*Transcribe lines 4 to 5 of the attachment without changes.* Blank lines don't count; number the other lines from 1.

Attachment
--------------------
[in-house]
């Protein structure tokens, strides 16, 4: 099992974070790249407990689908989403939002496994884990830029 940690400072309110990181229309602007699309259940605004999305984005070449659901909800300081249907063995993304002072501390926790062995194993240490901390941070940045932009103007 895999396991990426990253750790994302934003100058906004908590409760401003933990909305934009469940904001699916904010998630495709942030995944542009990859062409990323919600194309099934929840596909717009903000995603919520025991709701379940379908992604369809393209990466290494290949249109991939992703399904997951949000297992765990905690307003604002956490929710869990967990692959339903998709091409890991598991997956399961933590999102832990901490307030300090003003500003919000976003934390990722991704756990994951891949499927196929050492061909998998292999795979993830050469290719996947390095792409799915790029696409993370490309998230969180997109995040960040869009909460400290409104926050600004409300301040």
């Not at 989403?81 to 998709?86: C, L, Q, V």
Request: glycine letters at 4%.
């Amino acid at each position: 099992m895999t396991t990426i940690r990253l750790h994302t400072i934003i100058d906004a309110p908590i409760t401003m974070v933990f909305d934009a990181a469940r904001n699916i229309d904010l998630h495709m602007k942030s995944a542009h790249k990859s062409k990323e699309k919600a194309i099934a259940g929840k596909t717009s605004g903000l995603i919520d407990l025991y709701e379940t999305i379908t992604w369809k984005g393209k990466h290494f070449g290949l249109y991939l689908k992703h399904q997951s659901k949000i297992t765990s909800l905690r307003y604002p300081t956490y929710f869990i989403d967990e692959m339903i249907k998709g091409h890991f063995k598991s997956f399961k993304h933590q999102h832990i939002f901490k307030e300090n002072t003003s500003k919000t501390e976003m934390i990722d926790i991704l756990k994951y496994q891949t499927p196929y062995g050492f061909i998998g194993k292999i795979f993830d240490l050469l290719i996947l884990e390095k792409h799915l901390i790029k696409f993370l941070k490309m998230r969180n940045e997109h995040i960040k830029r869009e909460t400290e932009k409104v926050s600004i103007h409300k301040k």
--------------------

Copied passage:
Request: glycine letters at 4%.
């Amino acid at each position: 099992m895999t396991t990426i940690r990253l750790h994302t400072i934003i100058d906004a309110p908590i409760t401003m974070v933990f909305d934009a990181a469940r904001n699916i229309d904010l998630h495709m602007k942030s995944a542009h790249k990859s062409k990323e699309k919600a194309i099934a259940g929840k596909t717009s605004g903000l995603i919520d407990l025991y709701e379940t999305i379908t992604w369809k984005g393209k990466h290494f070449g290949l249109y991939l689908k992703h399904q997951s659901k949000i297992t765990s909800l905690r307003y604002p300081t956490y929710f869990i989403d967990e692959m339903i249907k998709g091409h890991f063995k598991s997956f399961k993304h933590q999102h832990i939002f901490k307030e300090n002072t003003s500003k919000t501390e976003m934390i990722d926790i991704l756990k994951y496994q891949t499927p196929y062995g050492f061909i998998g194993k292999i795979f993830d240490l050469l290719i996947l884990e390095k792409h799915l901390i790029k696409f993370l941070k490309m998230r969180n940045e997109h995040i960040k830029r869009e909460t400290e932009k409104v926050s600004i103007h409300k301040k």